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Mainstream, VOL LII, No 8, February 15, 2014

Acid Test for Mulayam

Monday 17 February 2014, by Nikhil Chakravartty

From N.C.’s Writings

Varanasi and Kanpur are the danger signals which Mulayam Singh Yadav can hardly afford to underplay. The significant impact that was made on the Indian political scene by his victory in the December elections along with his allies, ousting the BJP in office from the key State of Uttar Pradesh, would be grievously dissipated if his government is shown up as incompetent to govern.

The very character of the support that Mulayam Singh’s government has been able to muster tempts its adversaries to indulge in the toppling game. In reality, his majority is largely a negative get-together of those who want to keep the BJP out of power. Apart from this single-point objective, there is very little of common interest or common objectives that bind these parties together. Even Mulayam’s closest ally, Kanshi Ram, has been touring the country harping on the political importance of his own party, the Bahujan Samaj Party, instead of under-lining the importance of the coalition as a whole.

The Congress having become so effete is no longer in a position to play a decisive role in the politics of UP. The Janata Dal is in a shambles as a political party since its leaders from V.P. Singh downward have throughout ignored the importance of building a party worth the name.

In this scenario, it is but natural for the BJP leadership to take every possible advantage to bring down the Mulayam Government. Caught within its own ranks by confusion and acute dissonance over the perspective before the party itself—the moderate parliamentary line or the rowdy path of fanatic militancy—there could not have been a better opportunity before the BJP leadership to take the maximum possible advantage of the Mulayam Government’s discom-fiture with the caste and communal tensions.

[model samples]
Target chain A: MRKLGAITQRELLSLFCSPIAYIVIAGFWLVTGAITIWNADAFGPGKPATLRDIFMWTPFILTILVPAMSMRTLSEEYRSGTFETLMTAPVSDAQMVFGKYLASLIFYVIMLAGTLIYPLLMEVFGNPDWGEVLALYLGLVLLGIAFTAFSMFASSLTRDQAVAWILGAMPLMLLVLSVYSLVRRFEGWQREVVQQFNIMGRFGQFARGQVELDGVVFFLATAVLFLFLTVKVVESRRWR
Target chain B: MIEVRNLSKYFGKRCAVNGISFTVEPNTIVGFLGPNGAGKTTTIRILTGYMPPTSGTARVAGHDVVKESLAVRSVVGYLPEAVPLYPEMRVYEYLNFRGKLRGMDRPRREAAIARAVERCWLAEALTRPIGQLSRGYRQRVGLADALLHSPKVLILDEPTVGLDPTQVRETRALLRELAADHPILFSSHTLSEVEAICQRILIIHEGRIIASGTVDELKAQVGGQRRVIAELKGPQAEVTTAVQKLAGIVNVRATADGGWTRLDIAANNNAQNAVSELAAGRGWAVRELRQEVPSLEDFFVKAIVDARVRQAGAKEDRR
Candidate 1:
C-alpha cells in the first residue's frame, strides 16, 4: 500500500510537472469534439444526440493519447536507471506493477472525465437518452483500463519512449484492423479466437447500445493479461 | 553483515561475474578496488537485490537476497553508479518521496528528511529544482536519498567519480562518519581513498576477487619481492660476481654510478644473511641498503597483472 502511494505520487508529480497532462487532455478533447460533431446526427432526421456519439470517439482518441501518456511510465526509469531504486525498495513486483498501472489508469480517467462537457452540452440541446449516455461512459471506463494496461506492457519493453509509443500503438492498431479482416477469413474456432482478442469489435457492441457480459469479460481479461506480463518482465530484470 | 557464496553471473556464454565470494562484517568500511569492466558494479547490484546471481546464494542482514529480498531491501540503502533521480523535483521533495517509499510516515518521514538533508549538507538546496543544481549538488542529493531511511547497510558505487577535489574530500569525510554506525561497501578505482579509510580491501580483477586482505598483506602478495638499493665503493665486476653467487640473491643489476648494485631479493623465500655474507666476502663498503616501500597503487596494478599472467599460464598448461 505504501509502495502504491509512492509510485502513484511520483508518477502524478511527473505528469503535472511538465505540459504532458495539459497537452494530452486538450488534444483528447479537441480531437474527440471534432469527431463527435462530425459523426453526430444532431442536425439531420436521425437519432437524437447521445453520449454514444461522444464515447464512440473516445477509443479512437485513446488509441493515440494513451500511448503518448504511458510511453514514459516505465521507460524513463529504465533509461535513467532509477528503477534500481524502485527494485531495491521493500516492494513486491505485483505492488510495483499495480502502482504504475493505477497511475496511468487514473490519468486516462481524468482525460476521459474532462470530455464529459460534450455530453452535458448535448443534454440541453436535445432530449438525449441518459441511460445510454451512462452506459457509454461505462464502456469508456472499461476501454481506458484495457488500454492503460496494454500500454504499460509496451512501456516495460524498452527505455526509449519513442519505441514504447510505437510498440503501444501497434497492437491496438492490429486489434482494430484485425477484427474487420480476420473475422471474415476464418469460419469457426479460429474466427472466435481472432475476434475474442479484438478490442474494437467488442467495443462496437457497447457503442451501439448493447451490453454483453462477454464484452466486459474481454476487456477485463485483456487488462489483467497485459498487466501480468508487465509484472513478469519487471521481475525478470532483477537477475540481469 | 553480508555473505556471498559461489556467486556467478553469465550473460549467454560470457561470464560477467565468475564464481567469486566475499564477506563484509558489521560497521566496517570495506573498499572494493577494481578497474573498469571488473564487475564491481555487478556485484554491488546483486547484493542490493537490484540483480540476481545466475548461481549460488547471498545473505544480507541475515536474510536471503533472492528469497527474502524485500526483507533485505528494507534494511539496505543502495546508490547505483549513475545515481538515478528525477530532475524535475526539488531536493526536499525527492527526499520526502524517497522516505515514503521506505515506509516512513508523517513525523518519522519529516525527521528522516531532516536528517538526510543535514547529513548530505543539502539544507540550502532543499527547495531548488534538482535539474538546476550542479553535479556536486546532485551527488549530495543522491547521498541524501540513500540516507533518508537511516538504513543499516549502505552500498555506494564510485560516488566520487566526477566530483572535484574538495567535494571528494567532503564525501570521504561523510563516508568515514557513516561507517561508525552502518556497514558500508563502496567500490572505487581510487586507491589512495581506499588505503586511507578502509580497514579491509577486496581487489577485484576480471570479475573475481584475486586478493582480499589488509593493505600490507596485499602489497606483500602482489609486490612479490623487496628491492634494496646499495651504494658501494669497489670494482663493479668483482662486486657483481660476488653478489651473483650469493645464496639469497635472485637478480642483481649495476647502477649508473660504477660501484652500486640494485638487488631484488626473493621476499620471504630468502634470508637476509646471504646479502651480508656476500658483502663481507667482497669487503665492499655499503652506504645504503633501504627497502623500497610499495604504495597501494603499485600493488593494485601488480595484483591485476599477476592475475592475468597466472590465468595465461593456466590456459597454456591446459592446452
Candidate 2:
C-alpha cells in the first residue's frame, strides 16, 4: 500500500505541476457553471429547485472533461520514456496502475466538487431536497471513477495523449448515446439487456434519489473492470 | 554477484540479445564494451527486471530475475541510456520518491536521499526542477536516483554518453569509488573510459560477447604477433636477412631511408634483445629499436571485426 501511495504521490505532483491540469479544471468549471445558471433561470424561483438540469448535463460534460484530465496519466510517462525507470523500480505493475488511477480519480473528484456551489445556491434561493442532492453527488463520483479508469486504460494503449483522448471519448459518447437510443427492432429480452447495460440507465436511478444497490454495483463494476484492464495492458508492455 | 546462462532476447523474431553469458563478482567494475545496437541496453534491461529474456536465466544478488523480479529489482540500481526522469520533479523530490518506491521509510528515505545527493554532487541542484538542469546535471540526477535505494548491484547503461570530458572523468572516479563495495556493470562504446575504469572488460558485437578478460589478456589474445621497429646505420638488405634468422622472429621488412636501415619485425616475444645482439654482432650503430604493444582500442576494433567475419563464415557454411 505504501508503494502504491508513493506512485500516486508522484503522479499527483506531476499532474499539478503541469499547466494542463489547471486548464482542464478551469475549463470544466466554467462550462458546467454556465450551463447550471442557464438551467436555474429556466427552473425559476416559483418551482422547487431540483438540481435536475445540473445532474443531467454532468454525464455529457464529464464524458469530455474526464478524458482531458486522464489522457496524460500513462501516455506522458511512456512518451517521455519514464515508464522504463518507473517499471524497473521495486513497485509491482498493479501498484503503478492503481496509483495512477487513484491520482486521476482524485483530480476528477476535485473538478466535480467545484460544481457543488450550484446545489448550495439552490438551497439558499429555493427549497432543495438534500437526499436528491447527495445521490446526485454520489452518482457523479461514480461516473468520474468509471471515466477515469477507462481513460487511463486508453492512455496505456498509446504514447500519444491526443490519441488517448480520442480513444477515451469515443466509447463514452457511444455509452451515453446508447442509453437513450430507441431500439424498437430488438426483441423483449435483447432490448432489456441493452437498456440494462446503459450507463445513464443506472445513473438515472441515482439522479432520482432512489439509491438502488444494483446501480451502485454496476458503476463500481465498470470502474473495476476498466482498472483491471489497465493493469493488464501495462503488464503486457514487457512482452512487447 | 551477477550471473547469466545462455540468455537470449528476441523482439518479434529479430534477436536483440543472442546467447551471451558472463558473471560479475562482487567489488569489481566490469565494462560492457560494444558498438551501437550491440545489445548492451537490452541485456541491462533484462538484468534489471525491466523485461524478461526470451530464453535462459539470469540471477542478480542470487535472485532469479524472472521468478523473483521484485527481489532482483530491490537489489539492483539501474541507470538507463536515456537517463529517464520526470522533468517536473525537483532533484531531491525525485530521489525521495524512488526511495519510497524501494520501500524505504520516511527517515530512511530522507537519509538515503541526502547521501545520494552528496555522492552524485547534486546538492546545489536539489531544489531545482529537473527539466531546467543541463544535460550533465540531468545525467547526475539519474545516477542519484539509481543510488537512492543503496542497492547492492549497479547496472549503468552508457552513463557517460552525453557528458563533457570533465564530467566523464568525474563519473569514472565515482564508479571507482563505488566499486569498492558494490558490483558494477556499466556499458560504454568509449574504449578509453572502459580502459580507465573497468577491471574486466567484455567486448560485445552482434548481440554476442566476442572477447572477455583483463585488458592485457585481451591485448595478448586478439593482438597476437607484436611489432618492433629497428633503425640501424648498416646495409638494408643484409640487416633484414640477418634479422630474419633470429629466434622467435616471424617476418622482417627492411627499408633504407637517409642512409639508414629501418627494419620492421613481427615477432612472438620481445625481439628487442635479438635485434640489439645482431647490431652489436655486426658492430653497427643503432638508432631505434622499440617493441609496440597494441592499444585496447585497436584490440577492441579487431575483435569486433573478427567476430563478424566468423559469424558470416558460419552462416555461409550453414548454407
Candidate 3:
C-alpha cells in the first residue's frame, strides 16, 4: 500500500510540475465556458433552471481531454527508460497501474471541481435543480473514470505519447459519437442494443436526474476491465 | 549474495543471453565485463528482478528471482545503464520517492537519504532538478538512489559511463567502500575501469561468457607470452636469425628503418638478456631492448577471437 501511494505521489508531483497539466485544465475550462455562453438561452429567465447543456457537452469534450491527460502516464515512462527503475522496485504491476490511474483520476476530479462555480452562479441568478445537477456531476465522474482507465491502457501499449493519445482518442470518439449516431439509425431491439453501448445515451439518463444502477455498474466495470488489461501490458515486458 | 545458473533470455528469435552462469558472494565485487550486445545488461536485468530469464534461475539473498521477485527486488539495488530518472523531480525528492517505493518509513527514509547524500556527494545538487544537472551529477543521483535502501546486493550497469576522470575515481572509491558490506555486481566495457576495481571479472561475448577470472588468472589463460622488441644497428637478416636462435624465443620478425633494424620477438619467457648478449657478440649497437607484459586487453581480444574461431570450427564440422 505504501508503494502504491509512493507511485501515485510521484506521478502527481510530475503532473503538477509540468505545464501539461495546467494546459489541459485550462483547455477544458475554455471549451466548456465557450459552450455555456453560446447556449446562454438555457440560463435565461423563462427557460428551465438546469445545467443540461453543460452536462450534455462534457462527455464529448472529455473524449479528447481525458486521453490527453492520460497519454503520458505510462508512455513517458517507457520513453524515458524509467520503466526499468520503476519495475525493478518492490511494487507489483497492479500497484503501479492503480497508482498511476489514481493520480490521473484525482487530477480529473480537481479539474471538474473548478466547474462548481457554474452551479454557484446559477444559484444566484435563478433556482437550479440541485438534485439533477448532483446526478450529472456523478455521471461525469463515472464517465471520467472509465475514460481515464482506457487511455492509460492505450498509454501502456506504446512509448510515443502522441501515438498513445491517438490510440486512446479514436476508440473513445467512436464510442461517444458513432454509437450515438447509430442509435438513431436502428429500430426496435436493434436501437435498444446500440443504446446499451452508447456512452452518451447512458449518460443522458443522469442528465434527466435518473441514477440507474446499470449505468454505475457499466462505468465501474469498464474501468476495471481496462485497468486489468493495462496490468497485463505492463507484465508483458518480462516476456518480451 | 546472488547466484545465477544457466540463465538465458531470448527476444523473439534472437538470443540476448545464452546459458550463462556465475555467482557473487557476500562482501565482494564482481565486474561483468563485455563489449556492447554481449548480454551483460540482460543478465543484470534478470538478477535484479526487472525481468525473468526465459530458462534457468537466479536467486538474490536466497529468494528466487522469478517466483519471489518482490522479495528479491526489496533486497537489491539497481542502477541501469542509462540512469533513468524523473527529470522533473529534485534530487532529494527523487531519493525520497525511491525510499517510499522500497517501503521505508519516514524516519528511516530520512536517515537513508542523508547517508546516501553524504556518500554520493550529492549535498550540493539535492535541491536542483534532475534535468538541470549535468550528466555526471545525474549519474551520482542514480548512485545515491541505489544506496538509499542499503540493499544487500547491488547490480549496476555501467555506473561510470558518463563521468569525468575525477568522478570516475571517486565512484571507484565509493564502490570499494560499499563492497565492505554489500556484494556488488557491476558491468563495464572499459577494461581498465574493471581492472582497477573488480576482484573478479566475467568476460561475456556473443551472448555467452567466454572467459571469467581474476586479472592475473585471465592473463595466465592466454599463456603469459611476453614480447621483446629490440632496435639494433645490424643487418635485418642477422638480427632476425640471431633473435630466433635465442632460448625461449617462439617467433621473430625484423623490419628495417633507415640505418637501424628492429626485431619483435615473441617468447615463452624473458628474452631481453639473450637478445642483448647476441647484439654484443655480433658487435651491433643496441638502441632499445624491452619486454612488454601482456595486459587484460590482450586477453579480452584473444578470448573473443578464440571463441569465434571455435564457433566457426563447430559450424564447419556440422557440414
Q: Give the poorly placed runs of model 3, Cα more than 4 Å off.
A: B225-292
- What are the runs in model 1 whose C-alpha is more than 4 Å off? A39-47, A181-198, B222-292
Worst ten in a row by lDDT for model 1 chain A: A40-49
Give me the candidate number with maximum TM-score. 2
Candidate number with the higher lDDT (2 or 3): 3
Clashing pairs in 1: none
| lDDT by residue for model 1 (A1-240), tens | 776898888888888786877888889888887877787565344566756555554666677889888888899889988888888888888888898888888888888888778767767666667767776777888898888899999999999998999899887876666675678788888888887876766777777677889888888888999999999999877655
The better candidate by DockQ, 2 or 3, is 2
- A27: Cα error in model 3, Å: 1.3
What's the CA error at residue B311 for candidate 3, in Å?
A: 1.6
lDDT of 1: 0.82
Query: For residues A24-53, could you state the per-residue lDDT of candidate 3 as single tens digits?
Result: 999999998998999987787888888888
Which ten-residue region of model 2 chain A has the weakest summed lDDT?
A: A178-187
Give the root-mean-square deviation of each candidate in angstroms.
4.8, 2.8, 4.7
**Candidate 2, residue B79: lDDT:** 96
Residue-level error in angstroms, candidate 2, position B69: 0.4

The ramshackle character of the Mulayam Government has also accelerated the tension that has been brewing between the Dalits and the aggressive elements among the Backward Classes, particularly the Kurmis and the Yadavs. The conflict of interests between these two camps in the countryside in the Hindi belt can hardly be overlooked. At the same time, the expectations so long were that given the fact that Mulayam Singh’s side could win the elections with the support of the underdogs—the Dalits, the Backwards and the Muslim minority—that at least for sometime to come the rift between the Dalits and the Backwards could be patched up in their common interest to ward off the long-held domination of the upper castes. It is on this point, the Mulayam Government has to do a lot of severe self-introspection.

A ruling estalishment so precariously placed has to summon its strength, capacity and wisdom to the utmost limit to ensure a stable and competent government. Mass support spon-taneously welled up when the Ministry was formed as it was instantly identified as the champion of the underprivileged. But spon-taneity on its own can hardly sustain a Ministry. If in the election campaign the caste solidarity was effected in a common front against the upper-caste domination, the morrow of the victory saw the assertion of the more powerful among the backward-Dalit combine against the more vulnerable ones. That is how the Yadavs and the Kurmis have been flexing their muscles in UP as they have started persecuting the Dalits who on their part have ceased to be docile as before.

Here lies the real challenge for Mualyam Singh Yadav. He has to understand that it is not enough for him to have won the poll battle, more exacting is to conduct himself as the leader of the entire combine and not just of his own caste and kith and kin. This way alone can he not only weld together the disparate elements that support his government but enlist the respect and authority of the bureaucracy to ensure a stable and efficient administration. Bureaucracy by its very nature responds positively to a firm and stable political leadership; but when it finds the political leadership weak or venal, its attitude becomes nonchalant.

There is another dimension to the UP situation today. The issues at stake there are far-reaching—not just a question of the survival of a Ministry standing as a roadblock to the BJP’s path to power. Nor is it just a question of the collapse of an elected government and the imposition of President’s Rule. If the UP Government cannot sustain itself in power and goes down before the onrush of caste and communal violence, then this would spread like a prairie fire all over the region which is considered as the very heartland of the country. It needs to be noted, therefore, that the serious happenings in Uttar Pradesh today have a profound bearing on the fate of the country as a whole.

(Mainstream, February 14, 1994)